Lauterbach, a member of the center-left Social Democrats (SPD), said that the windows of his office in the western city of Cologne were smashed.
Vandals also targeted the offices of parliament member Marco Wanderwitz, a center-right Christian Democrat (CDU) lawmaker for the eastern state of Saxony. The windows of Wanderwitz's office in the town of Zwönitz were heavily damaged.
Minister: 'These people do not represent society'
The federal health minister told German news agency dpa on New Year's Day that he assumed that the renewed attack was from people angry at coronavirus restrictions.
His office in Cologne was also attacked on December 10 with slogans such as "Minister of Sickness," "Murderer" and "Psycho Lauterbach."
And on January 1, he said: "These people do not represent society, where really the overwhelming part is sticking together and trying to do everything against the pandemic."
The perpetrators of these attacks "represent a very small splinter group," Lauterbach added.
Democracy under attack
Meanwhile, Wanderwitz told Redaktionsnetzwerk Deutschland (RND) that the incidents show that far-right radicalization during the COVID pandemic is putting democracy in great danger.
"The Free Saxons, a right-wing radical collection, associated with the NPD and AfD, have for months been poisoning society in Saxony," the lawmaker said, referencing the far-right National Democratic Party (NPD) and far-right Alternative for Germany (AfD).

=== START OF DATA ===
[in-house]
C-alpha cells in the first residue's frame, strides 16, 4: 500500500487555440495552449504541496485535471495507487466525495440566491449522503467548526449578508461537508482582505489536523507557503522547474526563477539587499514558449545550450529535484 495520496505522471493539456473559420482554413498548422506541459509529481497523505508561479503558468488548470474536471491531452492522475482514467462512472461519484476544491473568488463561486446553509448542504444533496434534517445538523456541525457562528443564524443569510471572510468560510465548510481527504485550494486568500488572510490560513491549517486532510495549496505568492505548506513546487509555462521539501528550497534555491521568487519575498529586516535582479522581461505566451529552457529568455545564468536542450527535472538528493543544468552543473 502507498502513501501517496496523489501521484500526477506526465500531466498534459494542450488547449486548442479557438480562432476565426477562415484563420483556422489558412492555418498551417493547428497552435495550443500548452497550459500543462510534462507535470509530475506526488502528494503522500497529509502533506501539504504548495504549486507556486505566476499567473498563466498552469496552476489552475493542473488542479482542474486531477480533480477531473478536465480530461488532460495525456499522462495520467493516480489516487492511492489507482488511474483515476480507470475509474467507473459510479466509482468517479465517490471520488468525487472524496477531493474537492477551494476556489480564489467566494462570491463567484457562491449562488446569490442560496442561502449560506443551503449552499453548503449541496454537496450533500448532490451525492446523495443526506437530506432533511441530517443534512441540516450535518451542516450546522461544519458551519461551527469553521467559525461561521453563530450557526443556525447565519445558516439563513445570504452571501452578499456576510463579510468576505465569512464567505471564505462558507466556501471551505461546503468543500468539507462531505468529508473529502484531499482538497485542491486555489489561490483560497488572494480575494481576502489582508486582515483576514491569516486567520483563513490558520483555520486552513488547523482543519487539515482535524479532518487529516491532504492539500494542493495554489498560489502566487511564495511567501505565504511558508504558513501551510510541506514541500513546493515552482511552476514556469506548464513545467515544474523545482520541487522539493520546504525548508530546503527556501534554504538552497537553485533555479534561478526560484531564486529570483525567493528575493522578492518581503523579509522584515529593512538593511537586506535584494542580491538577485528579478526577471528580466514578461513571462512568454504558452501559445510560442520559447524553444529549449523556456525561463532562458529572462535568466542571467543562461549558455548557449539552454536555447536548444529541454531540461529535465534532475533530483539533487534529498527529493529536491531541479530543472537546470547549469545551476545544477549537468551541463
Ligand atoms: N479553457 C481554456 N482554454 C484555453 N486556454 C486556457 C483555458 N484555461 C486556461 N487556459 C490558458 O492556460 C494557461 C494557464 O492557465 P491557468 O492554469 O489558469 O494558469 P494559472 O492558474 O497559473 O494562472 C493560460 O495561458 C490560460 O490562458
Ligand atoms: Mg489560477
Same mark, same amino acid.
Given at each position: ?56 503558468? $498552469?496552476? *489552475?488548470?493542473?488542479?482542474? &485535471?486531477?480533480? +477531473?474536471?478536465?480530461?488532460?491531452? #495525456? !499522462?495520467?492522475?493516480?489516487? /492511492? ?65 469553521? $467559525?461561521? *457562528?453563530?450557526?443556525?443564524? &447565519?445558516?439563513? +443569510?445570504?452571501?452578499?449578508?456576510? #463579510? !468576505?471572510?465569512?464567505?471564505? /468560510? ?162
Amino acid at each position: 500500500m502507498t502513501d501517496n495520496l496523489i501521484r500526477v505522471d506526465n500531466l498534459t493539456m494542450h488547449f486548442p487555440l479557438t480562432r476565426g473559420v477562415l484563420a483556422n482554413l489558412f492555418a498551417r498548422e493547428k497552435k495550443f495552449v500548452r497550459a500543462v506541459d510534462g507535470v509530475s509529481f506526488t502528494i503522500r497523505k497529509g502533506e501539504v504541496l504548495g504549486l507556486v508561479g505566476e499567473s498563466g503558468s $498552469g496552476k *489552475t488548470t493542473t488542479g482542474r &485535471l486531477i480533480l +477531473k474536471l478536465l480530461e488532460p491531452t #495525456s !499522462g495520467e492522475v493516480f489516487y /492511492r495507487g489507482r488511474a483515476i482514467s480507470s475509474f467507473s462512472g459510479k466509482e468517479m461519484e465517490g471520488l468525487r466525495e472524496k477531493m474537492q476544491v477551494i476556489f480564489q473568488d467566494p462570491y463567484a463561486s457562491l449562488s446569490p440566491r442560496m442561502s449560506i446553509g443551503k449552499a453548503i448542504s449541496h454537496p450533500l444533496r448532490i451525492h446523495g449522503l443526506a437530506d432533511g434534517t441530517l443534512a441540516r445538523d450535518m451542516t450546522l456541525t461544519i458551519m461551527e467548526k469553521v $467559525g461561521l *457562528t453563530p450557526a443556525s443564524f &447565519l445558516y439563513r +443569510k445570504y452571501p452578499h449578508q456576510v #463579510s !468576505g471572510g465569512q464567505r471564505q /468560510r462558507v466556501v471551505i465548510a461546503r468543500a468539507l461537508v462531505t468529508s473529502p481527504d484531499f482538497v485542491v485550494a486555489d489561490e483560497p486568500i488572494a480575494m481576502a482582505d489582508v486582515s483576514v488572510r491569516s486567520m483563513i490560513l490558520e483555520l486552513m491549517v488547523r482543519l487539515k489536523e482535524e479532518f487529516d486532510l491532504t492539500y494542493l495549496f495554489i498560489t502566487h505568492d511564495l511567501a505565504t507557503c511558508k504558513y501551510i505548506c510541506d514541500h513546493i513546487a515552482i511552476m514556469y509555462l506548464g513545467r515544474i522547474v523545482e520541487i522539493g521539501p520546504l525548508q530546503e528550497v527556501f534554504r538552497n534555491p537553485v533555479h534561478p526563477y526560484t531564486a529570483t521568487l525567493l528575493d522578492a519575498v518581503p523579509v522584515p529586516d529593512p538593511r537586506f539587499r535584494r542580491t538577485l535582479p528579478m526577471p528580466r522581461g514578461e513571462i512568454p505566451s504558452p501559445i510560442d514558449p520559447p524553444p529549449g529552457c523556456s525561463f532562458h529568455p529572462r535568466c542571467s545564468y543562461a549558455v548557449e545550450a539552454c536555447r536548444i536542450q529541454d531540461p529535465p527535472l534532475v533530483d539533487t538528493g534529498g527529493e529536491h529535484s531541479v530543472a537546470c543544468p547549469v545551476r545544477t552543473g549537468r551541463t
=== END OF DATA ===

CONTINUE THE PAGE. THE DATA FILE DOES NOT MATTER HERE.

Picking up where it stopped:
Saxony and other eastern German states have been hit hard by spiking COVID cases, but also have some of the lowest vaccination rates in the country. The state has also seen heated protests that have only grown more aggressive after the Bundestag passed a vaccine mandate for some professions in December.
Politicians such as CDU Secretary-General Paul Ziemiak, the Greens' Michael Kellner and the newly installed Parliamentary State Secretary for the east of Germany Carsten Schneider (SPD) all expressed solidarity with Wanderwitz.
"There is no justification for [the violence]. This attack is not a form of protest, rather simply criminal," Ziemiak wrote on Twitter
Kellner echoed those sentiments, writing in his own message on Twitter that "violence has no place in the democratic debate."
German authorities are now investigating and have asked for any potential witnesses in both cities to come forward.
This report was written in part with material from news agency dpa.